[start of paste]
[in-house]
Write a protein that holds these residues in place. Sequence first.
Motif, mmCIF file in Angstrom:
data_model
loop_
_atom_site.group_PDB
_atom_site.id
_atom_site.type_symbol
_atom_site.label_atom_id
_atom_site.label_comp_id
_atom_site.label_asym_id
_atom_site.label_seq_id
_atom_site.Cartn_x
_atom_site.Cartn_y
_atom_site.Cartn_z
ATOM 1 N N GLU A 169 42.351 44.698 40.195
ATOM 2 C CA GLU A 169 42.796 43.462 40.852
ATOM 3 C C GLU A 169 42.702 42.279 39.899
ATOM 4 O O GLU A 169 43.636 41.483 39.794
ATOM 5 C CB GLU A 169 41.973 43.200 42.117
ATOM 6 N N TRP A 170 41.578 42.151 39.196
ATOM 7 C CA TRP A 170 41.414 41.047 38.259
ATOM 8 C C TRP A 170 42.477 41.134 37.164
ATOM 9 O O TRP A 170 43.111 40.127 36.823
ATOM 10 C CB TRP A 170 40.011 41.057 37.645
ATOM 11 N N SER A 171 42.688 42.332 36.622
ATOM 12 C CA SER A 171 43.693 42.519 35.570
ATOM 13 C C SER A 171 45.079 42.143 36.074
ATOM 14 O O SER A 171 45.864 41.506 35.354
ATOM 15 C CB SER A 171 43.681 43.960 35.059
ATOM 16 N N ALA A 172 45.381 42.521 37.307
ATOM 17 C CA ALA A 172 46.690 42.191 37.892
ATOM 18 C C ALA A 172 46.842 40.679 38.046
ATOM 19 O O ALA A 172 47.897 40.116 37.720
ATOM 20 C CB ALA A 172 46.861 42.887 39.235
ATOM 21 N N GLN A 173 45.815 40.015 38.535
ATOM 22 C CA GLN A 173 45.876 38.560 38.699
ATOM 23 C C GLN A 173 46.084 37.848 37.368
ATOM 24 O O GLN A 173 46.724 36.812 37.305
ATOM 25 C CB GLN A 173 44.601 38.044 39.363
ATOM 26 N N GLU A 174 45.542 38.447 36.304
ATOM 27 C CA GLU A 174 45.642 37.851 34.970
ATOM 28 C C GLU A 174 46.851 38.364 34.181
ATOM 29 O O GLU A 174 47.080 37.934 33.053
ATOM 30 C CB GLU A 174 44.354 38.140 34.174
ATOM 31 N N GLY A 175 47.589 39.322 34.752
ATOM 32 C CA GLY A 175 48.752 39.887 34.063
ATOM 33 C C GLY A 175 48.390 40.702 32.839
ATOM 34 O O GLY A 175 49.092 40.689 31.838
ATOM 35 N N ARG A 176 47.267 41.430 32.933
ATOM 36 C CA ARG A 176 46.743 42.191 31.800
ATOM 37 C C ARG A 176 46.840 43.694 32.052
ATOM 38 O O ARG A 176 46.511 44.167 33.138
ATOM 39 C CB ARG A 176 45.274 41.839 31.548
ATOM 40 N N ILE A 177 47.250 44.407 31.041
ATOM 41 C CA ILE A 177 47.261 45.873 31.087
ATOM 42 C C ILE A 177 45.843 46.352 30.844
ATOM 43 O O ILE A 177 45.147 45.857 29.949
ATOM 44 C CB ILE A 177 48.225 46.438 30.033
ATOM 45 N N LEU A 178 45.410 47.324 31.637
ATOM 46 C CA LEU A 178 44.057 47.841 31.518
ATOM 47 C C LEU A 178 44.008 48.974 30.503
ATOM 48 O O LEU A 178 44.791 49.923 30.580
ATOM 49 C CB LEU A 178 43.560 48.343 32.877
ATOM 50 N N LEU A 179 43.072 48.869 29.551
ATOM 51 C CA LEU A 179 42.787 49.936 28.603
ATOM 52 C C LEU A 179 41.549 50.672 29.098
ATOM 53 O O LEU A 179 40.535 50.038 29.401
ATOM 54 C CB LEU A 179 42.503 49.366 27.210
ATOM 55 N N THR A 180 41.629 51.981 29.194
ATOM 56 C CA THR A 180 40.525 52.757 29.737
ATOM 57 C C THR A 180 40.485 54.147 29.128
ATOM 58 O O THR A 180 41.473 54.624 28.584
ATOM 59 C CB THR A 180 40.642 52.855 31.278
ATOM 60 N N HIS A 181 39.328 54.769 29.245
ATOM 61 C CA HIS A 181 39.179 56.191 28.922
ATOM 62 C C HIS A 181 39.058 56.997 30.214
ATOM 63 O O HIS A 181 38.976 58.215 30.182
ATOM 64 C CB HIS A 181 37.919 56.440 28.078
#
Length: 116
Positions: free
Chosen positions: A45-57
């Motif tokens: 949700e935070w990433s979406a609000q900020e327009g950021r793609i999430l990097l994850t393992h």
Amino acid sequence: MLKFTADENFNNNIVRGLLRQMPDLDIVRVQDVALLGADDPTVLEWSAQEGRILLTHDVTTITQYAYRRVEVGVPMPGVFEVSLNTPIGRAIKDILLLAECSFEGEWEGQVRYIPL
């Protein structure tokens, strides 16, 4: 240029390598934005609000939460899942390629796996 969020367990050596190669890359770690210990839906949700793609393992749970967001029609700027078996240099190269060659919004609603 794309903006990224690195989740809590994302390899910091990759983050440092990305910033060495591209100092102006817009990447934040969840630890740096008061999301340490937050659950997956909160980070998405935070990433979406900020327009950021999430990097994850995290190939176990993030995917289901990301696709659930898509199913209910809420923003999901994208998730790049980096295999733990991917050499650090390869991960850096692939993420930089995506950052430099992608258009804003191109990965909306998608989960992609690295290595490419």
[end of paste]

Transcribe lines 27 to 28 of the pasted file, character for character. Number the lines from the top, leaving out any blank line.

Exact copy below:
ATOM 12 C CA SER A 171 43.693 42.519 35.570
ATOM 13 C C SER A 171 45.079 42.143 36.074